The agency where I work applied fixes to all of our client sites as soon as the initial news hit, but I have a college friend who recently inherited a number of WordPress websites at his job. After reading the Wordfence article, he realized he didn’t know if any of his new clients had versions of the plugin that would still be vulnerable. Of course the simple answer is “go update all of your plugins”, but since the plugin is baked into the theme in so many cases (and how many made-by-another-developer sites do you have that are all properly child-themed and easy to update?) he couldn’t simply go to his Plugins page on every site to download the new version.

The exploit itself is quite easy to test for: simply use your browser to navigate to admin-ajax.php with the appropriate parameters, and if the site is running a vulnerable copy of the plugin your browser will automatically download the site’s wp-config file.



What I did to help him out was write a quick Chrome Extension that allowed him to browse to his client sites, click the button, and the extension would attempt to download the `wp-config.php` file from the server. If he got the file, he knew he had a problematic copy of Slider Revolution. If the site responded in any other way, he was likely fine.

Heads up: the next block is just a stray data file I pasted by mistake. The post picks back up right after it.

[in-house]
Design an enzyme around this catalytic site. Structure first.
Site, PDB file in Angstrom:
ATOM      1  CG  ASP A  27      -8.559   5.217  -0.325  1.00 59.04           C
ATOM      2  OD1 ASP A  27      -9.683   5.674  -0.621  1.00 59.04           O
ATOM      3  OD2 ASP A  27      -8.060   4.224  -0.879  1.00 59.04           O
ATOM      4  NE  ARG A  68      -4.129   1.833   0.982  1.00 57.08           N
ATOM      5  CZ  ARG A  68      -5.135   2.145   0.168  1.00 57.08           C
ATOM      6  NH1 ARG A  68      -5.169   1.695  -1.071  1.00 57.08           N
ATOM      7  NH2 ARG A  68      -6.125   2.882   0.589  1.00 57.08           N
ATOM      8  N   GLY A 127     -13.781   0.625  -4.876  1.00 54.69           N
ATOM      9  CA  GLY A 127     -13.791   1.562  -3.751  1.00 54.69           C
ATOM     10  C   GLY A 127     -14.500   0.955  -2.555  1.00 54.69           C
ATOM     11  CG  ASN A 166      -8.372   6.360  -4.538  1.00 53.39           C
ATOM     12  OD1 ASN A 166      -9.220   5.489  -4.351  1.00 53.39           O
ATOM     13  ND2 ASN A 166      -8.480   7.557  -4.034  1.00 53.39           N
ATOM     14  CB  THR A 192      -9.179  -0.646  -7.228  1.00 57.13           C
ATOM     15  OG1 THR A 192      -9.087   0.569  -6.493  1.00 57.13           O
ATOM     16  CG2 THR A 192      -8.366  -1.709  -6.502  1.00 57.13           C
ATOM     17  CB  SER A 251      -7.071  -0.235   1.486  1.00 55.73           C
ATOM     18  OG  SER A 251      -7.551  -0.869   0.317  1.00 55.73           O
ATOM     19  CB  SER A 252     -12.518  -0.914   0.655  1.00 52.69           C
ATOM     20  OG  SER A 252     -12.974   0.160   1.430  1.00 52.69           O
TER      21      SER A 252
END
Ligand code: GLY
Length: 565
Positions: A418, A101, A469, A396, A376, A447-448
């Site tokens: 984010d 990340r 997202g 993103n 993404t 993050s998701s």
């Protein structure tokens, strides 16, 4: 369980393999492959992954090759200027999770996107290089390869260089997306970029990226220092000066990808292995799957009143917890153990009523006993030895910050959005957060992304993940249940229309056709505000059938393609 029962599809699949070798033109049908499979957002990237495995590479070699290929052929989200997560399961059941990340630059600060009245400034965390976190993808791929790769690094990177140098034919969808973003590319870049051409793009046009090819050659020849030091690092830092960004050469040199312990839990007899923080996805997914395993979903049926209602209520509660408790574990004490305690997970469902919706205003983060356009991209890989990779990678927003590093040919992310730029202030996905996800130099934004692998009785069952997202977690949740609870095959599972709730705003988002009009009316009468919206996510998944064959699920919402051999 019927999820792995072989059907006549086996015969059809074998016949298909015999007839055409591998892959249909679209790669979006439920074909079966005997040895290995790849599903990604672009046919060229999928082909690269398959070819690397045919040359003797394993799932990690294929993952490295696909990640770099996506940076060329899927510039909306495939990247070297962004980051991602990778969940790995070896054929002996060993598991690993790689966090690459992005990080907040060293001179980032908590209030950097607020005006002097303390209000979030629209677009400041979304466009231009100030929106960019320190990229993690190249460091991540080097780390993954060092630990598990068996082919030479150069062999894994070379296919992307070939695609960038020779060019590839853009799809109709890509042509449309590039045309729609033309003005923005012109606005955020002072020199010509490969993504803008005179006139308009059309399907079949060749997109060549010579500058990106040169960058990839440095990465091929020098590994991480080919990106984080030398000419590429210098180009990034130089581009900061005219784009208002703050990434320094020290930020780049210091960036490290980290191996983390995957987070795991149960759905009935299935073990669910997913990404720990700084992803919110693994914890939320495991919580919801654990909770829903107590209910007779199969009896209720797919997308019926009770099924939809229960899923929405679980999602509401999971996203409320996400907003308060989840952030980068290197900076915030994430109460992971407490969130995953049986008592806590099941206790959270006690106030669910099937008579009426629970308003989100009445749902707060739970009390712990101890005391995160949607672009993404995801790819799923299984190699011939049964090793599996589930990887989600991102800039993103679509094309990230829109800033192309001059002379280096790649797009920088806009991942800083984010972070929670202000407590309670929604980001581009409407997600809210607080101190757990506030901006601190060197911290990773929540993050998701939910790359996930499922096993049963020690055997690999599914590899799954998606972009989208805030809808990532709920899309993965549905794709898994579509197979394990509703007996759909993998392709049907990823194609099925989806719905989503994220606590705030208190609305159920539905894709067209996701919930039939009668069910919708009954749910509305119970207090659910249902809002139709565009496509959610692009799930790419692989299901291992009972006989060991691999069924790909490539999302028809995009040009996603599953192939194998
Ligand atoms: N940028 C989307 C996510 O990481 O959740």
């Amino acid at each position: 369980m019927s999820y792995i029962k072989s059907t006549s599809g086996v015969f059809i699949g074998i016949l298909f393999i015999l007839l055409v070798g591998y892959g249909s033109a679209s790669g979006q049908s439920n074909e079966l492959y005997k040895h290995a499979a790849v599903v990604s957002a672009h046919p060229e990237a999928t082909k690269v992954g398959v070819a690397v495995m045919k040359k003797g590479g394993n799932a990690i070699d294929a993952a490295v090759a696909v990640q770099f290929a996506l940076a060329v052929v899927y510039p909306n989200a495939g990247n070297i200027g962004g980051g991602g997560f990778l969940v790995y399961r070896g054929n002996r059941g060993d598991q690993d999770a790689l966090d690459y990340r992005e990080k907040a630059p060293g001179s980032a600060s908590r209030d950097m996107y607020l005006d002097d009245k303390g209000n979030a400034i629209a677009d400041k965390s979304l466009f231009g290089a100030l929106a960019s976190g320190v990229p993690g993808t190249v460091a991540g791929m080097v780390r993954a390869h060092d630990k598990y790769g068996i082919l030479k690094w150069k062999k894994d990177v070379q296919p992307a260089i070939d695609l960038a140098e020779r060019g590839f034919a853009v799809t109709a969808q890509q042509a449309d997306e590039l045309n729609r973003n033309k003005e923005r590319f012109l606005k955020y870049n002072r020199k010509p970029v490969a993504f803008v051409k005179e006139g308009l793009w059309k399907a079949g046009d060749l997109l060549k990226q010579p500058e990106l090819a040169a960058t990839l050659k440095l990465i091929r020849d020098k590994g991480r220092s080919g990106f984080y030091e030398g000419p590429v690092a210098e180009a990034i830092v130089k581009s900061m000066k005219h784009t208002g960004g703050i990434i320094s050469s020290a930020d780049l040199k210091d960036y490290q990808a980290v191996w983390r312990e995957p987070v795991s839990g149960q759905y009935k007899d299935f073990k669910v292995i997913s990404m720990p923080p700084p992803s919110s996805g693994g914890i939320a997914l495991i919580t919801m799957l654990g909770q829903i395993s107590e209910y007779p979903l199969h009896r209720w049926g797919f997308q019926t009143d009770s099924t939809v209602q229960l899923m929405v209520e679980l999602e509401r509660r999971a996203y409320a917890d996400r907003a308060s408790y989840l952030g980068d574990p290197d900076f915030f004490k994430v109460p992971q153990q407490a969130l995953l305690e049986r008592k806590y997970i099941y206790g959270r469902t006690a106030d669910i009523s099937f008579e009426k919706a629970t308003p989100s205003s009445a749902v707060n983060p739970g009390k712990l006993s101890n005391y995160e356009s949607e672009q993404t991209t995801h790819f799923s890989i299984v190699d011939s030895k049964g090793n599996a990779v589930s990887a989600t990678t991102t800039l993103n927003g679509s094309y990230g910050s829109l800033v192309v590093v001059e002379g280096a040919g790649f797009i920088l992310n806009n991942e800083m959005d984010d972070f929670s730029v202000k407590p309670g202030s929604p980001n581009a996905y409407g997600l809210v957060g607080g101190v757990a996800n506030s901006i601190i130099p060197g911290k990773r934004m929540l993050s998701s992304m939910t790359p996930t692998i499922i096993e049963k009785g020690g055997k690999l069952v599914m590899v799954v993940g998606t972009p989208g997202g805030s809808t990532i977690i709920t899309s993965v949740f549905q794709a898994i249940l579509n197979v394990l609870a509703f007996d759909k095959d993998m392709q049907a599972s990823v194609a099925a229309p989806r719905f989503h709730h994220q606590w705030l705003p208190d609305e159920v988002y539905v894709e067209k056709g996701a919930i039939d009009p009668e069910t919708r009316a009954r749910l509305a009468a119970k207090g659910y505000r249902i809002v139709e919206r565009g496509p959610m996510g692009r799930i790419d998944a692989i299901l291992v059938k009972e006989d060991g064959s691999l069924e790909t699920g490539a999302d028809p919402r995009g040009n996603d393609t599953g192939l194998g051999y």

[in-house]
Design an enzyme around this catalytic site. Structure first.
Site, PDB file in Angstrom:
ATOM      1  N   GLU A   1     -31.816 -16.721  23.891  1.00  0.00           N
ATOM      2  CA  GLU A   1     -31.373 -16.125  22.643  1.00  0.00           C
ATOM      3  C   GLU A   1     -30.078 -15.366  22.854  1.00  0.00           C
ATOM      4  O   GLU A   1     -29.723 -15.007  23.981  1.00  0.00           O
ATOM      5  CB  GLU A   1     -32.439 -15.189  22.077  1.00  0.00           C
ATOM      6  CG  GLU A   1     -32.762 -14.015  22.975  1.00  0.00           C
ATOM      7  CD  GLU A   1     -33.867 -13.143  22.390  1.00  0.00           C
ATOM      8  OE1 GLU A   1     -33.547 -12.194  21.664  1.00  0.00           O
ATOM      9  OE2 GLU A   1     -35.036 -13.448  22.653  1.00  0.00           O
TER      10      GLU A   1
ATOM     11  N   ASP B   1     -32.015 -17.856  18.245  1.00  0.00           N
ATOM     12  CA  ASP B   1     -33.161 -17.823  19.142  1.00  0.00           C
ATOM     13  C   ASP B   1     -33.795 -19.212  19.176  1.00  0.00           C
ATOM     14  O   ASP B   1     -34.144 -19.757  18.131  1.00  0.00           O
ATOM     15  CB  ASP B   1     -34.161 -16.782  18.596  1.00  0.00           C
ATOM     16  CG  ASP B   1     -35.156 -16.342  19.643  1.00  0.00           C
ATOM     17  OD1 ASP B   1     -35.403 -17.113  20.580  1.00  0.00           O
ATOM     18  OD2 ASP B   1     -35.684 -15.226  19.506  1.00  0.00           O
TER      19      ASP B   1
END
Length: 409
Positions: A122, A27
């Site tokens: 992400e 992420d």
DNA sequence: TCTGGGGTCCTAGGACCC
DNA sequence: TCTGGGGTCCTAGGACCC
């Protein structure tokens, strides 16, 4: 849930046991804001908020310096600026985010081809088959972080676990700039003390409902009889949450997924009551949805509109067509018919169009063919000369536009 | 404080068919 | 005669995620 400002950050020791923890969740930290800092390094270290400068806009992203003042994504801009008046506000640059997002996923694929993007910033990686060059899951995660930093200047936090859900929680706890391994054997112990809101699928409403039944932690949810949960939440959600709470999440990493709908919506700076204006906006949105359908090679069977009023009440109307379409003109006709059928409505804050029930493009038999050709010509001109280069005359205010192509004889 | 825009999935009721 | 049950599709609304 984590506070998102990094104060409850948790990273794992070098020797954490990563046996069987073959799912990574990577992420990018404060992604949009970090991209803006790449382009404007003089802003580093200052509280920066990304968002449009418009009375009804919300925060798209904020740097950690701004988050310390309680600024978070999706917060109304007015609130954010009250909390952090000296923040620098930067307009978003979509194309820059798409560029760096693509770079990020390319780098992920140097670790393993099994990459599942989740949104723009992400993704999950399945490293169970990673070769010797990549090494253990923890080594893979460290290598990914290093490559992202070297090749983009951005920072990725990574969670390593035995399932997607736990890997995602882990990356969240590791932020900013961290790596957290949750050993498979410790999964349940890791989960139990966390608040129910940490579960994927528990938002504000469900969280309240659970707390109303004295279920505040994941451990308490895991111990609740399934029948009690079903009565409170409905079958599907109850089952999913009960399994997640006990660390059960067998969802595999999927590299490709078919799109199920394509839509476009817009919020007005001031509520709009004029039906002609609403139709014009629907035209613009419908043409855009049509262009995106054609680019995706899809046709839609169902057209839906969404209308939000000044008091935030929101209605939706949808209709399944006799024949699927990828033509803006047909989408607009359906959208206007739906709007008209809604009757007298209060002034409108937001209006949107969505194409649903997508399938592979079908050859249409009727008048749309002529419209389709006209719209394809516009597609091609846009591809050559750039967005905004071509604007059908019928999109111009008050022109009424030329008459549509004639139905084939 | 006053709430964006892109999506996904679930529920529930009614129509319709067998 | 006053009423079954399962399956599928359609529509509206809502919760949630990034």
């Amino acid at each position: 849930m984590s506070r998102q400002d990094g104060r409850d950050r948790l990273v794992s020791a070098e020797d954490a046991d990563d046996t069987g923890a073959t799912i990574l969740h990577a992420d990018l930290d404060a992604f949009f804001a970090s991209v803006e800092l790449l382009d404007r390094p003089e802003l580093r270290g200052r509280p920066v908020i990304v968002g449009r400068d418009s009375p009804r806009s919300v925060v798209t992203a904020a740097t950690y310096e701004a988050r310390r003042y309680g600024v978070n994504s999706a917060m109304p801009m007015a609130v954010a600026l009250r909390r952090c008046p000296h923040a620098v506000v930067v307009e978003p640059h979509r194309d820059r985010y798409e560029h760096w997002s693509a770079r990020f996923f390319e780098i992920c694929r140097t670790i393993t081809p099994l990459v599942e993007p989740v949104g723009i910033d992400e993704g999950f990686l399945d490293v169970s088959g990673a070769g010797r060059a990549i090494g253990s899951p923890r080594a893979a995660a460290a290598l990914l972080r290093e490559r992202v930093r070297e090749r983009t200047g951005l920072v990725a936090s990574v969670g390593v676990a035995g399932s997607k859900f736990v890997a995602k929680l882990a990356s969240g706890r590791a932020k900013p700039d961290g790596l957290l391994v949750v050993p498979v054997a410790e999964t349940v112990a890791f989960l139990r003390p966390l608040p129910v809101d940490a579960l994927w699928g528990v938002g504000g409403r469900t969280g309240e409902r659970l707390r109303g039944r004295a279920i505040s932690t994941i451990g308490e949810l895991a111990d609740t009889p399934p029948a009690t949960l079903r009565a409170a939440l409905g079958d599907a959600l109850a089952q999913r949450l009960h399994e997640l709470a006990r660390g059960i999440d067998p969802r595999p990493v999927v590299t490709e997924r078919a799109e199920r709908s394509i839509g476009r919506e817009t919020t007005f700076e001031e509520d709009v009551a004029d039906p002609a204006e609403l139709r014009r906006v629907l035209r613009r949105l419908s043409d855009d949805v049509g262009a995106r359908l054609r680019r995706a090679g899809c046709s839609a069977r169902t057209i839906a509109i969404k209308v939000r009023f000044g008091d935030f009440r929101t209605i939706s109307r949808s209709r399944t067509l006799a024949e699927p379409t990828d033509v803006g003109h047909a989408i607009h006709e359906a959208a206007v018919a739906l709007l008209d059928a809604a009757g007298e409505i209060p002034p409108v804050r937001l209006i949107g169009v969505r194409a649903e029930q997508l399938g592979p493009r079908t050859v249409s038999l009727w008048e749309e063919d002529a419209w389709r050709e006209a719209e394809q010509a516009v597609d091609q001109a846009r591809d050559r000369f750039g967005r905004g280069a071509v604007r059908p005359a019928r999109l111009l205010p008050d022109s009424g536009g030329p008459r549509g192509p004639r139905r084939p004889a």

The extension was put together in about 15 minutes, and is the first Chrome Extension I’ve written, so it isn’t very fancy. I could have done something rather than try to download the file in the browser, so we could display “success” or “failure” when trying to exploit the site. It also assumes that WordPress lives at the root of the website, since the extension will attempt to access `/wp-admin/` at the root of the domain – if a site has a vulnerable plugin installed but, for example, contains the WordPress installation in the `/wordpress/` directory, this extension will not effectively find the exploitable path.


Click here to download the extension now

I’m distributing the extension in its “unpacked” state, so that people can review it before use. Since the zip file contains a folder with all of the raw files, you will need to enable Developer Mode in Chrome in order to load the extension if you’d like to use it yourself. Click here for instructions on how to load an unpacked extension in Google Chrome

NOTE: Obviously you use this code at your own risk and for your own purposes. You alone are responsible for your own actions. I cannot be held responsible for anything you do with this extension, or the code/information provided on this page.